It all starts with understanding the risks, including independent security testing and seeking consultancy from expert third parties. IT teams must evaluate where data is stored and ensure networks are built with security at the heart. Security architects and risk owners should assume that devices will get compromised and determine how best to segregate data in the event of a breach. Automatic device and system updates are vital, as is the constant monitoring of all user activity to spot anomalous behaviour. Setting a minimum-security requirement, as well as educating students and staff on safe password etiquette, should also be mandatory.

Internal awareness-raising is another top priority. Employees are often the weakest link in an organisation’s defence. IT security is everyone’s responsibility and it cannot be left to a small team of experts. For many, it will involve behavioural changes and cultural shifts. The NCSC needs to help bring about these step-changes on a wider scale.

Tackling the skills shortage
Globally, we are facing a chronic cyber security skills crisis. According to the Center for Cyber Safety and Education’s 2017 Global Information Security Workforce Study, Europe will by understaffed to the tune of 1.8 million skilled professionals by 2022 – 15 per cent higher than predicted in 2015. No matter how advanced technology becomes, security teams will struggle to keep up with increasing threats if the talent pool remains limited.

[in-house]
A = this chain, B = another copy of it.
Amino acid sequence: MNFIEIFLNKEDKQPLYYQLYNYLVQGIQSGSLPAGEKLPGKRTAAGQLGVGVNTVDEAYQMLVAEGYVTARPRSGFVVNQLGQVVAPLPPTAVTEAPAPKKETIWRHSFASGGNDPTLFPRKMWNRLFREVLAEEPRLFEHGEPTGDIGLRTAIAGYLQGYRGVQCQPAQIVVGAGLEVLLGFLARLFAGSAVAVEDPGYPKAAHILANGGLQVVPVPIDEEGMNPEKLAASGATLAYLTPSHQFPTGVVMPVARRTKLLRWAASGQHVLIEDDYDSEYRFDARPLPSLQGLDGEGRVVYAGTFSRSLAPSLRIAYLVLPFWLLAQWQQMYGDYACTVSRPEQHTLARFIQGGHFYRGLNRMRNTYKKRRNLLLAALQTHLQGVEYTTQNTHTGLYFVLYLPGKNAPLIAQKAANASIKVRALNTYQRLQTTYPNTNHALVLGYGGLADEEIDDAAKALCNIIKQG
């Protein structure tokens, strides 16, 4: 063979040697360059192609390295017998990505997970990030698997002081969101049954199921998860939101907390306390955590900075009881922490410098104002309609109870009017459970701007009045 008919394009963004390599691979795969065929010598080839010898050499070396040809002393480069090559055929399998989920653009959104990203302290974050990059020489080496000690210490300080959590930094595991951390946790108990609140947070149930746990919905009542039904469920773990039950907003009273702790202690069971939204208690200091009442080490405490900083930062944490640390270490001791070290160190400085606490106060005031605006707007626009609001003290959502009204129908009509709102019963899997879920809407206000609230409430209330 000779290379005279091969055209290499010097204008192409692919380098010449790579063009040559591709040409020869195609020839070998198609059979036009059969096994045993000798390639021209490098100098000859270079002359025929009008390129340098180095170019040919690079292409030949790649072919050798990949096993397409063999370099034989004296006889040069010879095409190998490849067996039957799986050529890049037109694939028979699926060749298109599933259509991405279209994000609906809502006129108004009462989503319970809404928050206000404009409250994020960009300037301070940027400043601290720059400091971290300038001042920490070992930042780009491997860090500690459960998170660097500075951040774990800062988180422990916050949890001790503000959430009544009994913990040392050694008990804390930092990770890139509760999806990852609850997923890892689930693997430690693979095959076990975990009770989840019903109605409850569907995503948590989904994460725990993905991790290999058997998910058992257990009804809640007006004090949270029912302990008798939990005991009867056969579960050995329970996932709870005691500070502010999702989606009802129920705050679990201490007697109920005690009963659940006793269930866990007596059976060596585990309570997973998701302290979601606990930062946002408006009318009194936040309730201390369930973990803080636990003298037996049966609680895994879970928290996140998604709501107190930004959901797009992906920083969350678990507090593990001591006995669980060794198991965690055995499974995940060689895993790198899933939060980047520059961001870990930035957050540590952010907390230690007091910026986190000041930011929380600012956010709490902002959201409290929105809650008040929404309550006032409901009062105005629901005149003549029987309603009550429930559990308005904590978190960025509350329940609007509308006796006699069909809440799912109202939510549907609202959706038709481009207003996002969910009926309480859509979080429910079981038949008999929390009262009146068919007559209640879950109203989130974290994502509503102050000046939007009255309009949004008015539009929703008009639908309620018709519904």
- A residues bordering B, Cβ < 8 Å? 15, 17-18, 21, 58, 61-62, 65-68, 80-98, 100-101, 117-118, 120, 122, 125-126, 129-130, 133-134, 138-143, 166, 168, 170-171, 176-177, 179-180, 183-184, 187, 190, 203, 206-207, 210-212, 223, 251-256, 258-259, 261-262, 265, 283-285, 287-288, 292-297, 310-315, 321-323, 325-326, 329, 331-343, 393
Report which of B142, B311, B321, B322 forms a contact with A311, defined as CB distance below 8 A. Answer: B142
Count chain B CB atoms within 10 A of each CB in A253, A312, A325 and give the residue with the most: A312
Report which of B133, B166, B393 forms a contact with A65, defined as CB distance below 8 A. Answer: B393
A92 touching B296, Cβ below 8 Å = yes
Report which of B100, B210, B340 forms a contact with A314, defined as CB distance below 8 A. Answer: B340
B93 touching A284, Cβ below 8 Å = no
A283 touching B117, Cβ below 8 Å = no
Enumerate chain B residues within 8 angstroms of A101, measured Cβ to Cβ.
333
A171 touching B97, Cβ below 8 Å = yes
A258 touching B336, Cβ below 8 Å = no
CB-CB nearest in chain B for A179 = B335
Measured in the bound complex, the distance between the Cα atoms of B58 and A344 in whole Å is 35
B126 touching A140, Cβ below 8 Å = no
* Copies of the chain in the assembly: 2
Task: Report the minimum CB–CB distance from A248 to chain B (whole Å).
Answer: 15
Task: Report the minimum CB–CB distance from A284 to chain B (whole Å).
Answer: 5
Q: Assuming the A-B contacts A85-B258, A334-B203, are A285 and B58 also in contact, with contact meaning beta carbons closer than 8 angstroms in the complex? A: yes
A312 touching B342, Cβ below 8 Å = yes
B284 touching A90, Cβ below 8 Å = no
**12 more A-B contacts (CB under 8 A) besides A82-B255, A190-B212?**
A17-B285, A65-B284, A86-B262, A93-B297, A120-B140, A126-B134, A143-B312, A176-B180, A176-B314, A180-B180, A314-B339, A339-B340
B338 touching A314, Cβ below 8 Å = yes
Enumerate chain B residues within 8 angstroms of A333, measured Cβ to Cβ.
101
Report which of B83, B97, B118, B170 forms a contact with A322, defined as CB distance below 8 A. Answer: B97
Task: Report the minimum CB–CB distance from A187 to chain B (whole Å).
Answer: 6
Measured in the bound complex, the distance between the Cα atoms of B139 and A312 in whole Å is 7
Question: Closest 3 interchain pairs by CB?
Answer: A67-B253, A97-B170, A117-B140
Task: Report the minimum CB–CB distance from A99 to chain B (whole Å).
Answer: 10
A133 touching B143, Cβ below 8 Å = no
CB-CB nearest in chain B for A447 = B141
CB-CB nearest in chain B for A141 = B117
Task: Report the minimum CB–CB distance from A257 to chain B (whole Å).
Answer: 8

Collectively, government, education and industry need to take more responsibility for helping young people to channel their talent and choose a career in cyber security. Education must prepare students early by treating digital skills with equal importance as other core subjects. Meanwhile, college and university courses need to offer the right balance of knowledge and practical application of skills to cultivate a future workforce ready to tackle real world threats.

Teachers also require better access to resources to bring the subject matter to life. Businesses have to take responsibility too and offer a wider range of internships and programmes to provide relevant, real-world experience, including mentoring from cyber security professionals.

Defending our future
The NCSC is not a cyber security panacea, but it is certainly an effective initiative and reminder for all organisations to drive change. While we need stronger policies, collaboration and resources from the top, organisations cannot afford to remain idle and expect to be hand-held to safety. Cyber security is a collective responsibility. Threats will be bigger, more complex and unpredictable in 2018. Now is the time to build security into every juncture of design, process and online interaction. Now is the time to leave no stone unturned in the hunt for the best talent.

David Warburton is Senior Systems Engineer for Government and Defence at F5 Networks.

Please register to comment on this article

Supplier Profiles

Awesome Apps

While 3D printing is becoming more widely used in general engineering the use of 3D printing in the medical and allied sectors such as dentistry has only just begun.